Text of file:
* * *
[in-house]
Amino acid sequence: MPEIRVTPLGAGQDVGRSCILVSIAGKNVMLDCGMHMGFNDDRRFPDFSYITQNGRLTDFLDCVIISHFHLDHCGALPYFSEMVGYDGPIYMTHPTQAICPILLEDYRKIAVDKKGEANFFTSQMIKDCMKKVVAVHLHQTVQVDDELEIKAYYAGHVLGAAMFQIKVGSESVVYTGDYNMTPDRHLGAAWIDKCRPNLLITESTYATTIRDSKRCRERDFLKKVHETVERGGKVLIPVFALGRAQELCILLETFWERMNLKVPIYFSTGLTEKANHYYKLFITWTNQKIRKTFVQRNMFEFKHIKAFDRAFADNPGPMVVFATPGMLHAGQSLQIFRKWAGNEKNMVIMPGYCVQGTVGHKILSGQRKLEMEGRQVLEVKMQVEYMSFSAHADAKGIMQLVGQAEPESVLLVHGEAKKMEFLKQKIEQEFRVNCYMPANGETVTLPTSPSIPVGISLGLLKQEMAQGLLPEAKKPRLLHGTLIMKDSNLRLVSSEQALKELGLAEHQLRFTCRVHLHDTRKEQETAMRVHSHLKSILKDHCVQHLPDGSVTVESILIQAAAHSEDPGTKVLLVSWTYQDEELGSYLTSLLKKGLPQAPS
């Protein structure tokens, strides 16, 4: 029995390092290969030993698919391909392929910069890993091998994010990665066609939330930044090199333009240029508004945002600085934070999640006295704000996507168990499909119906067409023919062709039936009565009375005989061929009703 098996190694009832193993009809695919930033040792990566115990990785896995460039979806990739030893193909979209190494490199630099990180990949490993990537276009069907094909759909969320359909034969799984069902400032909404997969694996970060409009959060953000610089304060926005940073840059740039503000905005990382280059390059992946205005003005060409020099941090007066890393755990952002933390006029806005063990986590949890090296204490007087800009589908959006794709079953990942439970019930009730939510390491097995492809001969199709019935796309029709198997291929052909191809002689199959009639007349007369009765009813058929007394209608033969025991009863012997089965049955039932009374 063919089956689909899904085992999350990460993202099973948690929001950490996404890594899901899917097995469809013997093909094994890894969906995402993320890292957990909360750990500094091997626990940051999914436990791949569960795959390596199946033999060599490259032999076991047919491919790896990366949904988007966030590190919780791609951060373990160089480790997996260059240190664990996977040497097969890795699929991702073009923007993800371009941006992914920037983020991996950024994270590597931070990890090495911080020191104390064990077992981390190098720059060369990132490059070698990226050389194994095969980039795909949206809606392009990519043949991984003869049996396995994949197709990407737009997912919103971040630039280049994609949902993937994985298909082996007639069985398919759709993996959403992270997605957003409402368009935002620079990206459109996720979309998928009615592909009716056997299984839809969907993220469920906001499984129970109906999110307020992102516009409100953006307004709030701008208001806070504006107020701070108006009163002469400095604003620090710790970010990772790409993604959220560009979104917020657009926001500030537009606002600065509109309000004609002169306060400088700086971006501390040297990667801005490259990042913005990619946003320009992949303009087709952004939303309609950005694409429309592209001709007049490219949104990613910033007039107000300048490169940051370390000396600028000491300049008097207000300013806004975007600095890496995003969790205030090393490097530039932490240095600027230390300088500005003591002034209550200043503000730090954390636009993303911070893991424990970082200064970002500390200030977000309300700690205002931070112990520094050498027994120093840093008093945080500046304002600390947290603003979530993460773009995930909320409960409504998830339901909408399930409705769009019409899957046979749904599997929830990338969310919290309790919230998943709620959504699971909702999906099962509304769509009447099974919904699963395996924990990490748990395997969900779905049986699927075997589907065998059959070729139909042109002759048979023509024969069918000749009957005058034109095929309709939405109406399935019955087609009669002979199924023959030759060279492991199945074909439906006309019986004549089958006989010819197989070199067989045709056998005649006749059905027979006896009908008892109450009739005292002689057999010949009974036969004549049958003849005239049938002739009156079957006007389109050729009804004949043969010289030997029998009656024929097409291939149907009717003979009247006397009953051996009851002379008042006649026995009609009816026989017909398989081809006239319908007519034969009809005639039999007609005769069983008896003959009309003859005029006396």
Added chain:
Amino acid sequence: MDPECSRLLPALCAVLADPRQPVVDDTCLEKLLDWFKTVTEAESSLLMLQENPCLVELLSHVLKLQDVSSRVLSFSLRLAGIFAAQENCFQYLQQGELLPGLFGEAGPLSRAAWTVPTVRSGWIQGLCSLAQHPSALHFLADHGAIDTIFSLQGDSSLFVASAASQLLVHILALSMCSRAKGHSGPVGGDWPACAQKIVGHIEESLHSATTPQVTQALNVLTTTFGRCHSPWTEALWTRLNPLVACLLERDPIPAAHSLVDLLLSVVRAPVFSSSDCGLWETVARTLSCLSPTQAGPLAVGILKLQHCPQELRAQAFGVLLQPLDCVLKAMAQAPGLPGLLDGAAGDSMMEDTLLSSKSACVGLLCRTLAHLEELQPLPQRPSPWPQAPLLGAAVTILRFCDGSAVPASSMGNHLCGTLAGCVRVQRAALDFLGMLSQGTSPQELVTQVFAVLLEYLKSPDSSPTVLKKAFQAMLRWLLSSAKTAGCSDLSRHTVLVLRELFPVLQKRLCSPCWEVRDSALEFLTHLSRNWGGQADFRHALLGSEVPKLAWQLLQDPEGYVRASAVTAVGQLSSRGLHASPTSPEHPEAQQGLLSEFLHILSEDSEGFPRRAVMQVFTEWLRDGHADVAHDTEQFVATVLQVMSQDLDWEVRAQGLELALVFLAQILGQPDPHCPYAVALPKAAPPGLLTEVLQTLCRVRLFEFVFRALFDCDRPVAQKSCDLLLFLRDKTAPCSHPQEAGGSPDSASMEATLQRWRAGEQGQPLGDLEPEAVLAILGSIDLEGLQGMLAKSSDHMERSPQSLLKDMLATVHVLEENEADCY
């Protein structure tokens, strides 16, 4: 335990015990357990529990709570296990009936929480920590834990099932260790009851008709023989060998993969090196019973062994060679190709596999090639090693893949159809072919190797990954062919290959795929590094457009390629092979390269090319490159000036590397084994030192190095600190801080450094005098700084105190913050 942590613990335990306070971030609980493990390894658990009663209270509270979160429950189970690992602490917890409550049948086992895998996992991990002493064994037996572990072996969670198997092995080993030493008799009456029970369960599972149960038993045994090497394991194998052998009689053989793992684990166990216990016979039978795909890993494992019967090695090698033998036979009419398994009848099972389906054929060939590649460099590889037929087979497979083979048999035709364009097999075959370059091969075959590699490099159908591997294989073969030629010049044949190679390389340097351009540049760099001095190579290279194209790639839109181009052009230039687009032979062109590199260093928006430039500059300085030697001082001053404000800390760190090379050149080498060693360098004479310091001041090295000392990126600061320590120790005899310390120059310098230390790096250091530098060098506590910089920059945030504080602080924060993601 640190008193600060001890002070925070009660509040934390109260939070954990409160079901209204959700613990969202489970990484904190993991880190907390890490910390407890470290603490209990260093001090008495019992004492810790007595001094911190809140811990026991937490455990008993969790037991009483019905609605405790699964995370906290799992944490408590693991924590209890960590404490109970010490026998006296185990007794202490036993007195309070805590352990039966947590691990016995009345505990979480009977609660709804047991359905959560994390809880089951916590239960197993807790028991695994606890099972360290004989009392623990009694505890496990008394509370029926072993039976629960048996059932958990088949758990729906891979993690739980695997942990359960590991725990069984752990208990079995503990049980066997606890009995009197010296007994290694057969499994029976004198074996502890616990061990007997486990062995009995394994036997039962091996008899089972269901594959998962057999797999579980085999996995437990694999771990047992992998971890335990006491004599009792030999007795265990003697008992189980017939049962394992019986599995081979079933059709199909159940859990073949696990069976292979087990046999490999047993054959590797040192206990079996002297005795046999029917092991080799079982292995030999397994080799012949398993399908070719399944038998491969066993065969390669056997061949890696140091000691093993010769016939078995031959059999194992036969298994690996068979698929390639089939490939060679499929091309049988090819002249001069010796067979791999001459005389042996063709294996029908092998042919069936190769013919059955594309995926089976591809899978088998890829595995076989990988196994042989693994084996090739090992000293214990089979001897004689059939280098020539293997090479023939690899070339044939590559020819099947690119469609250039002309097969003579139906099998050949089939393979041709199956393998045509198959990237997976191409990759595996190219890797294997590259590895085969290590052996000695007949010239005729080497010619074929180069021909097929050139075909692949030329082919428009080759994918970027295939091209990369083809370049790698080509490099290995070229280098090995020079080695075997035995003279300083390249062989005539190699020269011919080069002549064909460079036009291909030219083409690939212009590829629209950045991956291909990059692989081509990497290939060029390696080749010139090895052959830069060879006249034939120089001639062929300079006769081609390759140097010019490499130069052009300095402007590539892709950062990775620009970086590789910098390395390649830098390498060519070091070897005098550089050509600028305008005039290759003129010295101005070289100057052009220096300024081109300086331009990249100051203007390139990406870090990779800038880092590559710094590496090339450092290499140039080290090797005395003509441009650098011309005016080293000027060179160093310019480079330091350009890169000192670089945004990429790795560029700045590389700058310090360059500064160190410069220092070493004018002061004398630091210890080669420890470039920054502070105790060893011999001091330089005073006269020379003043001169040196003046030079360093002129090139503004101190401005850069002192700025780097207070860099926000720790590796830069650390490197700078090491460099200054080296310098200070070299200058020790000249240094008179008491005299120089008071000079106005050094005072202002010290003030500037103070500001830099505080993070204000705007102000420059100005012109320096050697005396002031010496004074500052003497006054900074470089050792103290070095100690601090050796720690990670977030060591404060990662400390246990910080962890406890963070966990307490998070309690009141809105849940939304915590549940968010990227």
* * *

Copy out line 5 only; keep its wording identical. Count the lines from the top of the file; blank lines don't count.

Amino acid sequence: MDPECSRLLPALCAVLADPRQPVVDDTCLEKLLDWFKTVTEAESSLLMLQENPCLVELLSHVLKLQDVSSRVLSFSLRLAGIFAAQENCFQYLQQGELLPGLFGEAGPLSRAAWTVPTVRSGWIQGLCSLAQHPSALHFLADHGAIDTIFSLQGDSSLFVASAASQLLVHILALSMCSRAKGHSGPVGGDWPACAQKIVGHIEESLHSATTPQVTQALNVLTTTFGRCHSPWTEALWTRLNPLVACLLERDPIPAAHSLVDLLLSVVRAPVFSSSDCGLWETVARTLSCLSPTQAGPLAVGILKLQHCPQELRAQAFGVLLQPLDCVLKAMAQAPGLPGLLDGAAGDSMMEDTLLSSKSACVGLLCRTLAHLEELQPLPQRPSPWPQAPLLGAAVTILRFCDGSAVPASSMGNHLCGTLAGCVRVQRAALDFLGMLSQGTSPQELVTQVFAVLLEYLKSPDSSPTVLKKAFQAMLRWLLSSAKTAGCSDLSRHTVLVLRELFPVLQKRLCSPCWEVRDSALEFLTHLSRNWGGQADFRHALLGSEVPKLAWQLLQDPEGYVRASAVTAVGQLSSRGLHASPTSPEHPEAQQGLLSEFLHILSEDSEGFPRRAVMQVFTEWLRDGHADVAHDTEQFVATVLQVMSQDLDWEVRAQGLELALVFLAQILGQPDPHCPYAVALPKAAPPGLLTEVLQTLCRVRLFEFVFRALFDCDRPVAQKSCDLLLFLRDKTAPCSHPQEAGGSPDSASMEATLQRWRAGEQGQPLGDLEPEAVLAILGSIDLEGLQGMLAKSSDHMERSPQSLLKDMLATVHVLEENEADCY